Four SMA priests ordained as part of the celebrations to mark 150 years of the Catholic Church in Benin Republic
The Catholic Church in Benin Republic is celebrating 150 years of evangelization in this part of west Africa. To begin the Jubilee Year there was a Eucharist, on 25 April, to recall the arrival of the first SMA missionaries in Dahomey (as it was then called). During the Mass Bishop Antoine Ganye ordained four young men who have committed their lives to serve as priests in the Society of African Missions (SMA).
On 18 April 1861, the French ship ‘D’Estaing’ anchored off the port of Ouidah in the Republic of Benin. On board were the first missionaries to reach the Kingdom of Dahomey, as the Republic of Benin was then called. They were Fr Francesco Borghero SMA, an Italian and Fr Francisco Fernandez SMA, a Spaniard. The town of Ouidah was well known for centuries to every slave trader in Europe.
Today, if you go there you can follow the slave route from the slave market past the tree around which the slaves were forced to walk three times to say goodbye to their country and where their minds became deranged as they were led through the gate of “no return” to the waiting ships which took them into slavery. Right beside an imposing monument to the slave trade is an equally imposing monument (pictured here) fronted by a giant cross to the memory of Frs Borghero and Fernandez and the early SMA and OLA missionaries who brought the light of Christianity to the country.
As the waves break along the sandy shore telling their own story, one is struck by the contrast between the evils of the slave trade which was still taking place unofficially at the time the early missionaries arrived and the giant cross symbolizing the liberating message of Jesus Christ brought by the missionaries. After their arrival they had a meeting with the king of Dahomey who told them that while they could work among the “whites” in Ouidah they were not allowed to preach or convert the native Dahomeans.
As a result, they moved to Agoue, a small village (even today), just outside the Kingdom of Dahomey and on the Togo border. It was here that the ceremony to mark the beginning of the Year of Jubilee to celebrate the birth of the Catholic Church in Benin took place on Sunday 18 April.
It lasted just under five hours and was broadcast live on Benin TV. The celebration was organised by the Benin Episcopal Conference with people coming from all over the country. All the bishops of Benin, apart from one who was ill in France, over 300 priest and 500 sisters were present. An estimated crown of 12,000 participated. The President of the Republic of Benin, His Excellency Dr B Yayi led a strong government delegation. At the end of the ceremony, he spoke and emphasised that this was not just a Church celebration but a National celebration as the Church, through the Society of African Missions and the OLA Sisters had brought much that was good to the country especially in the field of education, health and the advancement of women.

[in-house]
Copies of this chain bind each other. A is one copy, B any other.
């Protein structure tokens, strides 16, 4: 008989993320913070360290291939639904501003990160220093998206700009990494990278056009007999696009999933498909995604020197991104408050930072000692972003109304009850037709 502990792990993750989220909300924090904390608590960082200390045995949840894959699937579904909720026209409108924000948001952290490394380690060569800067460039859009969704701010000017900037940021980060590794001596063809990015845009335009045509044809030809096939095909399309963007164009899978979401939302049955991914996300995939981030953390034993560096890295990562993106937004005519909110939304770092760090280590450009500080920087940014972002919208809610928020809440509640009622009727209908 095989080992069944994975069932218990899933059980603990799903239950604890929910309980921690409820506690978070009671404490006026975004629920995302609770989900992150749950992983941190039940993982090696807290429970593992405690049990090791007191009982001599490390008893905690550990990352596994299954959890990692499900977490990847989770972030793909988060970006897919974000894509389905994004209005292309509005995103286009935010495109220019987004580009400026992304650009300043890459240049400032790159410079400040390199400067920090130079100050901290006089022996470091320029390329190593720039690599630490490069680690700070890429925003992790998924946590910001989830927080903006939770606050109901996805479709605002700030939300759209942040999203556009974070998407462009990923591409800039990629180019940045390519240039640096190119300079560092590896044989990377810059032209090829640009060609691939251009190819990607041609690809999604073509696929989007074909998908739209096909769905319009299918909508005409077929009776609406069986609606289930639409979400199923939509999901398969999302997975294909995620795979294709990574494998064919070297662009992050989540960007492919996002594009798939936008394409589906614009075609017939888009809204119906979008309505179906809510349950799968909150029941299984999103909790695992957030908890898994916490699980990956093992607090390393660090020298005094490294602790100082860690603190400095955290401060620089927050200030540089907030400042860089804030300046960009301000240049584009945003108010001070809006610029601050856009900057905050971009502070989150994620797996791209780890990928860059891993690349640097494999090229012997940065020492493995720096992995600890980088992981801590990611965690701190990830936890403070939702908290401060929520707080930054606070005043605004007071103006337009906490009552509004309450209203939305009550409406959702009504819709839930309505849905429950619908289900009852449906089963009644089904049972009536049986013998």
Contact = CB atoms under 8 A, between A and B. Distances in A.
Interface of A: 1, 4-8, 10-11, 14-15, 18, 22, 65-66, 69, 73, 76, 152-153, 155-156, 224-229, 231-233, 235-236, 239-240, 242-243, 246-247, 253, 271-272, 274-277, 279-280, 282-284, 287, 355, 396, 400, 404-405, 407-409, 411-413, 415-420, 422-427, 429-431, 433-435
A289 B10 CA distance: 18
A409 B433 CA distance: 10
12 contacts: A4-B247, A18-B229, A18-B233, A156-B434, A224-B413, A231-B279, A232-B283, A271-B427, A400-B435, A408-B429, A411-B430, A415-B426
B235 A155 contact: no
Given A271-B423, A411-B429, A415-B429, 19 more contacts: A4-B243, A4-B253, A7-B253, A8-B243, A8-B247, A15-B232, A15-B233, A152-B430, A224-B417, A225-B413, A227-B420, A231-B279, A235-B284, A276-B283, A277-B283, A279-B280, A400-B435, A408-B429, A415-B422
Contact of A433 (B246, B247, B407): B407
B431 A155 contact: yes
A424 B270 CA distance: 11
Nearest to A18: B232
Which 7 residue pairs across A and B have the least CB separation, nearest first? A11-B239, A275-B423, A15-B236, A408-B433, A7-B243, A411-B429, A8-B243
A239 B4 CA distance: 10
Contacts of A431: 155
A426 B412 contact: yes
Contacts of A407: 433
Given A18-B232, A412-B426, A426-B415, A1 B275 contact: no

In his homily, the main celebrant, the Bishop of Dassa-Zoumé, Mgr Antoine Ganye spoke with affection for the work of the SMA and gave a brief resume of the life of our Founder. He ended by saying that 150 years ago the seeds of Christianity were planted here by the early missionaries and now 150 years later we can see the fruit of their work and now the Church in Benin is itself sending out missionaries. Four SMA deacons from Benin were ordained to the priesthood during the ceremony: Valentin Fadegnon, Jose Kakpo, Desire Salako and Anselm Yonlonfoun. Since there were people from all parts of Benin present at the ceremony, Fr Anselm at the end of the Mass thanked them in 6 languages much to the acclamation and appreciation of the crowd and of the President himself.
Across the wall from the place where the celebration was held are the graves of the early SMA and OLA missionaries. Twelve of them died between 1880 and 1900, most of them in their twenties and thirties after only one to five years in the country. In their widest dreams they could not have imagined a day like this.
At the end of the Mass the four newly ordained priests were given a mission cross and their mission appointments: Valentin and Jose to Nigeria, Desire to Tanzania and Anselm, to the Central African Republic. Fr Michel L’Hostis, the Regional Superior for Benin & Niger, reminded the crowd that when the early missionaries came they were supported by their own people at home and appealed to them to give their own sons, who were going as missionaries in their name, the same kind of support.
The ceremony ended at 2.30 and we were back over the border to Lagos, Nigeria by 8pm with the sound of the trumpeter heralding in the Jubilee and singers and dancers in harmony with him still lifting our hearts.
The SMA will also ordain three Nigerians and three Indian priests in the coming months. Their ordinations come at the end of a long period of formation in different parts of the world. It would not be possible without the prayers and financial help of our many supporters in Ireland, particularly members of the Family Vocations Crusade (FVC).